The 4% is inflation-adjusted withdrawal. To cover it with normal bonds and cash requires somewhat more than 40%, depending on what future inflation rate is assumed. If you use the BoC target rate of 2%, 10 years will cause a total inflation of 22%, which is too large to ignore.


You are assuming that the coupons aren't being reinvested. A nominal ladder should cover off expected inflation when the coupon is reinvested over time. Another way of looking at it is to construct a stripped ladder with each wrung having a PV of 4% of assets thus representing the nut plus inflation upon maturity and the ladder is sustained by selling other assets to fund the purchase of a new bond each year as part of the rebalancing function.
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Postby Shakespeare » 08 Apr 2009 10:01

You are assuming that the coupons aren't being reinvested.
In withdrawal phase they often won't be unless the holder has a very large portfolio.

If you are running a roughly balanced portfolio, it's unlikely that the equity/REIT side will itself produce sufficient cash flow by itself unless the portfolio is sizeable. The 4% rule-of-thumb also is before expenses and assumes the portfolio can run to zero at age 95 in a worst-case scenario.
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Postby scomac » 08 Apr 2009 10:07

Shakespeare wrote:
You are assuming that the coupons aren't being reinvested.
In withdrawal phase they often won't be unless the holder has a very large portfolio.


I realize that from a practicality perspective it will simply be easier to spend the coupons upon withdrawal. That said, if the investor understands that the bond coupons must be reinvested to preserve purchasing power then this can be addressed at rebalancing with an additional infusion of capital to renew the bond ladder. We are both correct, it's just that we are looking at the problem from different perspectives.
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Postby Bylo Selhi » 08 Apr 2009 10:22

marty123 wrote:The 4% rule was never really fully accepted by everyone and "officially" defined, but the people that seem to push it seem to believe that without great market fluctuations (aka 1930s or 2007-20xx), the return on investment should cover both the 4% withdrawals and the inflation increase.
The seminal studies, including Trinity, Bengen and Harvard endowment, all assume ~4% real annual withdrawals.

That said, the 4% is only a starting point, not some immutable law. It's useful for estimating how much you need to save in order to retire with a high probability that your portfolio will outlast you. But there are no guarantees. You still have to monitor your portfolio throughout your retirement, making minor adjustments, especially during trying times such as these.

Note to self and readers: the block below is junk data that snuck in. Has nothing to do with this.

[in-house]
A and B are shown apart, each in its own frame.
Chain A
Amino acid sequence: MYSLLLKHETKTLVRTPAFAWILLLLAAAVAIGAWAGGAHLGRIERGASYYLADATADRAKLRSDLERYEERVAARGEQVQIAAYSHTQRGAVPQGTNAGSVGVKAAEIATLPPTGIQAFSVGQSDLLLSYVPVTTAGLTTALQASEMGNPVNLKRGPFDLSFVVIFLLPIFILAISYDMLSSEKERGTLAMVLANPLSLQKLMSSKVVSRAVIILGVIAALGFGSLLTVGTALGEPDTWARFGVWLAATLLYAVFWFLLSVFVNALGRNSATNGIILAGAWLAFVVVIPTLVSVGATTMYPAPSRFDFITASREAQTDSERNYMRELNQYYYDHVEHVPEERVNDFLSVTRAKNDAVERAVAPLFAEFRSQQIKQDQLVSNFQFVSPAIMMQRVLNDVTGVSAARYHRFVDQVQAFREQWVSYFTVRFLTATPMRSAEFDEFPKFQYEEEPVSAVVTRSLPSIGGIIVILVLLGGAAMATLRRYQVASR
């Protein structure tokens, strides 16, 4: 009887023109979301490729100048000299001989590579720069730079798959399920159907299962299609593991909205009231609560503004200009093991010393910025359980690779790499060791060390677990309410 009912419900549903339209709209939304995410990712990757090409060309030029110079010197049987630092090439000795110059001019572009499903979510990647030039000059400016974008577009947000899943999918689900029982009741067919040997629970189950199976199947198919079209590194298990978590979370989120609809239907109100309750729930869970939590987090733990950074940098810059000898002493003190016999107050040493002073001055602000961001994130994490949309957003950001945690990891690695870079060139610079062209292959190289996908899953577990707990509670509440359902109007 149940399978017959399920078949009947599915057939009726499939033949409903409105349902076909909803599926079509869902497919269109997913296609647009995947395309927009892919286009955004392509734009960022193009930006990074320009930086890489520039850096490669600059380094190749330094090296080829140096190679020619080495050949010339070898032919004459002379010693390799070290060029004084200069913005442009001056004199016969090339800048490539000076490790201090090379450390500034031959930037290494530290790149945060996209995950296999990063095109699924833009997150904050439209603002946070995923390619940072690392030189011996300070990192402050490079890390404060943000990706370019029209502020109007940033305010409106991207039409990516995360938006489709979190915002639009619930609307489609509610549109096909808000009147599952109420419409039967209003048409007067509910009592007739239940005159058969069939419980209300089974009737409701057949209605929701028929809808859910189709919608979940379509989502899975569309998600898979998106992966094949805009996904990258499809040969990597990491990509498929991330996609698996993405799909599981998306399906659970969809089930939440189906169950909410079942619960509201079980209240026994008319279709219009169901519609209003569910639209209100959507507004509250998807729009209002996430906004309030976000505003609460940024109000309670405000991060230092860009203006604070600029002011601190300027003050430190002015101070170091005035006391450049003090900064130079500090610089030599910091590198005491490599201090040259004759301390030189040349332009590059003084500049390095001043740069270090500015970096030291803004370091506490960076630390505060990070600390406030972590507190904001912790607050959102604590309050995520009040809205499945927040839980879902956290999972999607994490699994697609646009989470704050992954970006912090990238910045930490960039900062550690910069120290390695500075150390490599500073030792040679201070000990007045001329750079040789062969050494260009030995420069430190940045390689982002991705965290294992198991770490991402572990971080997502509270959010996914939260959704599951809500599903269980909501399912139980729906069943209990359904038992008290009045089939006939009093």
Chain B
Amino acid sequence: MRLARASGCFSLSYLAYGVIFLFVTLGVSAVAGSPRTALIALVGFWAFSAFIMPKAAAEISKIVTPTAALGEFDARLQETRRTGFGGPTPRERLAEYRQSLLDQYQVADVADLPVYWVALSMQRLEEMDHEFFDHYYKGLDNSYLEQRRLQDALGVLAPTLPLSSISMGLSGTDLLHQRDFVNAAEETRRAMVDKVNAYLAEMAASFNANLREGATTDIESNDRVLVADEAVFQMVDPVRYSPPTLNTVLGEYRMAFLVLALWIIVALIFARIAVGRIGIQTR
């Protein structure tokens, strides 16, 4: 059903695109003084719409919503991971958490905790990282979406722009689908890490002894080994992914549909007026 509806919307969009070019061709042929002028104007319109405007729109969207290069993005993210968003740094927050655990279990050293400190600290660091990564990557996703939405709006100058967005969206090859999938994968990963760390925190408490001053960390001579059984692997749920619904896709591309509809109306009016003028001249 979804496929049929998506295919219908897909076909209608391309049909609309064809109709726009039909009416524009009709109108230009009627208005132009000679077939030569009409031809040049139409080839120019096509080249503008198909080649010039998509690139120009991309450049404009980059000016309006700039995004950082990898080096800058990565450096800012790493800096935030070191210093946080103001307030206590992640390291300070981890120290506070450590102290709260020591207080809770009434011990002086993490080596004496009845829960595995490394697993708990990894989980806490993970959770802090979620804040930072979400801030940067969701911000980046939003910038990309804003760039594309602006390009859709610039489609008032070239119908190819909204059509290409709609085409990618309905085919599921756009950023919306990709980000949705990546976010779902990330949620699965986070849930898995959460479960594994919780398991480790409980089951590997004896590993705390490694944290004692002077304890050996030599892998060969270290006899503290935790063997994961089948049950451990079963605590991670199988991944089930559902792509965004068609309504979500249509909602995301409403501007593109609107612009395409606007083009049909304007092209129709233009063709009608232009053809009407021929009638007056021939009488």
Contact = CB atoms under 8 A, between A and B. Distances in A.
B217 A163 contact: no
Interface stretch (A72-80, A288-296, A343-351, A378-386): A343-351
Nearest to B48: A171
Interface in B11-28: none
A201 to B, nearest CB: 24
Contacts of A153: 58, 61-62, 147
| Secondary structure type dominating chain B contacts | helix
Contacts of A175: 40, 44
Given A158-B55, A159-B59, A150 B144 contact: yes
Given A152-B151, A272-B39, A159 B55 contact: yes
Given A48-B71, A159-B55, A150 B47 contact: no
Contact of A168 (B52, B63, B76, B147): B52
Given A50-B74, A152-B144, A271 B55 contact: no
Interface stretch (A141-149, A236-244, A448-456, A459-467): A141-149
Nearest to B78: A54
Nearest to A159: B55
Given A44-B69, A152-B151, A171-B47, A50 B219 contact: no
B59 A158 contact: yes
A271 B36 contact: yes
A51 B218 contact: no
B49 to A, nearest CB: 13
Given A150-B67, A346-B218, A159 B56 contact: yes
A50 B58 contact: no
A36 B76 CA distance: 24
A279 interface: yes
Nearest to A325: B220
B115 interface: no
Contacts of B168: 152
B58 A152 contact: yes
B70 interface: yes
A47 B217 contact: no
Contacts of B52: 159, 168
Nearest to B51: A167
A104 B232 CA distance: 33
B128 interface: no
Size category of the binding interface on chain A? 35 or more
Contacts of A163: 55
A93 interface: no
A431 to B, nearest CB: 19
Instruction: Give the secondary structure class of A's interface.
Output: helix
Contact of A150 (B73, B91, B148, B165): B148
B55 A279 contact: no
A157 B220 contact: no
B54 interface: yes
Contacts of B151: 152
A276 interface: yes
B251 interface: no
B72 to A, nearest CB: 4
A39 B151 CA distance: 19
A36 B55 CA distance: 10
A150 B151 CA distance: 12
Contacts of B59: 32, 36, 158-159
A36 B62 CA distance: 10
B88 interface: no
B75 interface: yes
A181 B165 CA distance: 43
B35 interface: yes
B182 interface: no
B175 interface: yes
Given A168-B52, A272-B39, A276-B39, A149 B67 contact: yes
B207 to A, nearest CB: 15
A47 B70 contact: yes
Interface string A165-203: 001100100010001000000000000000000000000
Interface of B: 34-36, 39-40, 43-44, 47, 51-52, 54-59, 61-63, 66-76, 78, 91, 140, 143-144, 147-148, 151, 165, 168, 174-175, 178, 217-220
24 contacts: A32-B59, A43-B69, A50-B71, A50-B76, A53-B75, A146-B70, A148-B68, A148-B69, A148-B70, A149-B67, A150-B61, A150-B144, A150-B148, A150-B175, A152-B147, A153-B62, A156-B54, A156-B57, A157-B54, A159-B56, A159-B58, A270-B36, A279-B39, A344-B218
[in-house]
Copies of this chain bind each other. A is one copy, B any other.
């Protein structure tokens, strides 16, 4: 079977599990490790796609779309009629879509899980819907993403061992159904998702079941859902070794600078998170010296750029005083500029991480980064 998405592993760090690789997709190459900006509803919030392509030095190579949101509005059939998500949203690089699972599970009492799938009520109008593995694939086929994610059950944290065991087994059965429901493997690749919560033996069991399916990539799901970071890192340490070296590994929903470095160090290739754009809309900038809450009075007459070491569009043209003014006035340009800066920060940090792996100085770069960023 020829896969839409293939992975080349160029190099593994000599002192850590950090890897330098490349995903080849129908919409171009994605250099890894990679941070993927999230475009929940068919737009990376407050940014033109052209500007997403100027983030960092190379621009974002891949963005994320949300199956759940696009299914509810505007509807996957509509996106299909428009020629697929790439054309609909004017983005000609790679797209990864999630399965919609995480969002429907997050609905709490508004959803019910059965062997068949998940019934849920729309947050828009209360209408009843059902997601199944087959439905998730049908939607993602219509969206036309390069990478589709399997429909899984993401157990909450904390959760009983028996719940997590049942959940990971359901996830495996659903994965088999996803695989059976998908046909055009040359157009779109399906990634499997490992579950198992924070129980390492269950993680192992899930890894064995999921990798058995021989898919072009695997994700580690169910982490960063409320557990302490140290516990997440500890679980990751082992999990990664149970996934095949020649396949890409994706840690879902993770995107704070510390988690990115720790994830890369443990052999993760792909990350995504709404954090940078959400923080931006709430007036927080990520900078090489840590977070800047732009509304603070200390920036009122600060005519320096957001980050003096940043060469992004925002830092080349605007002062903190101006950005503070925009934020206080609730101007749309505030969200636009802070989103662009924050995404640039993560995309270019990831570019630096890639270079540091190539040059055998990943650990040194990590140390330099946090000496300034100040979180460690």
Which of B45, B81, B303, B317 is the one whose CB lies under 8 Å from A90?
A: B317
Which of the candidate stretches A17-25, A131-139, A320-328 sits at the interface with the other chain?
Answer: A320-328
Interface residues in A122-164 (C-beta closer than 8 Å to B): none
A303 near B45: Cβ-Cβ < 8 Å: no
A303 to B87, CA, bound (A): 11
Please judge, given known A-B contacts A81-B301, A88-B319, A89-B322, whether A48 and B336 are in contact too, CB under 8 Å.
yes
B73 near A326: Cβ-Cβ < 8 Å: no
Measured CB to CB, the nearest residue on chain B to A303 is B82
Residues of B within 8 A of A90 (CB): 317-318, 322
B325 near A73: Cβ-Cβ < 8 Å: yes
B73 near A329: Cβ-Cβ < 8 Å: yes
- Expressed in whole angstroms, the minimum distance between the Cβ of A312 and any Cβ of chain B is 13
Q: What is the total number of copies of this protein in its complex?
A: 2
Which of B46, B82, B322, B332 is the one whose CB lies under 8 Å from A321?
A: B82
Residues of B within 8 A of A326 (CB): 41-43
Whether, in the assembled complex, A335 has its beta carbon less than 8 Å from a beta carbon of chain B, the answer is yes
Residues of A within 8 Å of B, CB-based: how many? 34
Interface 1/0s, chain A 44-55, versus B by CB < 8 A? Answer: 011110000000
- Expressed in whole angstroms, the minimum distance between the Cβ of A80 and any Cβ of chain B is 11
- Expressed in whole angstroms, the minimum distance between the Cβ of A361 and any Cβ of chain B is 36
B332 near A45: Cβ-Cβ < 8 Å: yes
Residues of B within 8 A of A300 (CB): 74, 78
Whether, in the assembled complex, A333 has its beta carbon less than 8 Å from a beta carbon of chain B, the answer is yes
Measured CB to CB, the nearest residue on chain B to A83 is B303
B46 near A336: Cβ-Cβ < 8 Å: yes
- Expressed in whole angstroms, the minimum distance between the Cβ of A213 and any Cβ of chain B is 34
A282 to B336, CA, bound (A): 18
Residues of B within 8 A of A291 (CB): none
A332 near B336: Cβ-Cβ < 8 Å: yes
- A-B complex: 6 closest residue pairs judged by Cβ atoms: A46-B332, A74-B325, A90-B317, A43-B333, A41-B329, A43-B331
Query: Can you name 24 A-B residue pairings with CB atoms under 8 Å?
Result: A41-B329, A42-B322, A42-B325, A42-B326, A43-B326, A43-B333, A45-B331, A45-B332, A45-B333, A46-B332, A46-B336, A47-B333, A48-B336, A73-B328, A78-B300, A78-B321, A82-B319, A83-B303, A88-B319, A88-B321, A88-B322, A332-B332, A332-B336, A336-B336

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Postby adrian2 » 08 Apr 2009 12:48

Bylo Selhi wrote:
marty123 wrote:The 4% rule was never really fully accepted by everyone and "officially" defined, but the people that seem to push it seem to believe that without great market fluctuations (aka 1930s or 2007-20xx), the return on investment should cover both the 4% withdrawals and the inflation increase.
The seminal studies, including Trinity, Bengen and Harvard endowment, all assume ~4% real annual withdrawals.

Actually, the 4% rule does include all the US financial history in the past century or so, Great Depression et al.

Bylo Selhi wrote:That said, the 4% is only a starting point, not some immutable law. It's useful for estimating how much you need to save in order to retire with a high probability that your portfolio will outlast you. But there are no guarantees. You still have to monitor your portfolio throughout your retirement, making minor adjustments, especially during trying times such as these.

Ditto. I would add that, IMO, 4% was historically safe even starting at market tops (IIRC, even with 100% equity) and there was some debate if one can adjust it after market declines (i.e. if your portfolio has declined 25% from the top but you're starting withdrawals now, after the decline, you can increase the 4% by 1/1.25 (+ inflation adjustment) as if you had started withdrawals at the top. I'm not sure if i would go with a much higher adjustment, but IMO one could make an allowance for current market conditions.
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Postby marty123 » 08 Apr 2009 13:30

adrian2 wrote:
Bylo Selhi wrote:
marty123 wrote:The 4% rule was never really fully accepted by everyone and "officially" defined, but the people that seem to push it seem to believe that without great market fluctuations (aka 1930s or 2007-20xx), the return on investment should cover both the 4% withdrawals and the inflation increase.
The seminal studies, including Trinity, Bengen and Harvard endowment, all assume ~4% real annual withdrawals.

Actually, the 4% rule does include all the US financial history in the past century or so, Great Depression et al.


I didn't say it didn't. I said that except for 2-3 big crises, one would probably find that the principal is protected while, in the next paragraph which you did not quote, I said that one we consider the worst downturns, the likelihood of maintaining withdrawals is good, but the principal will get depleted.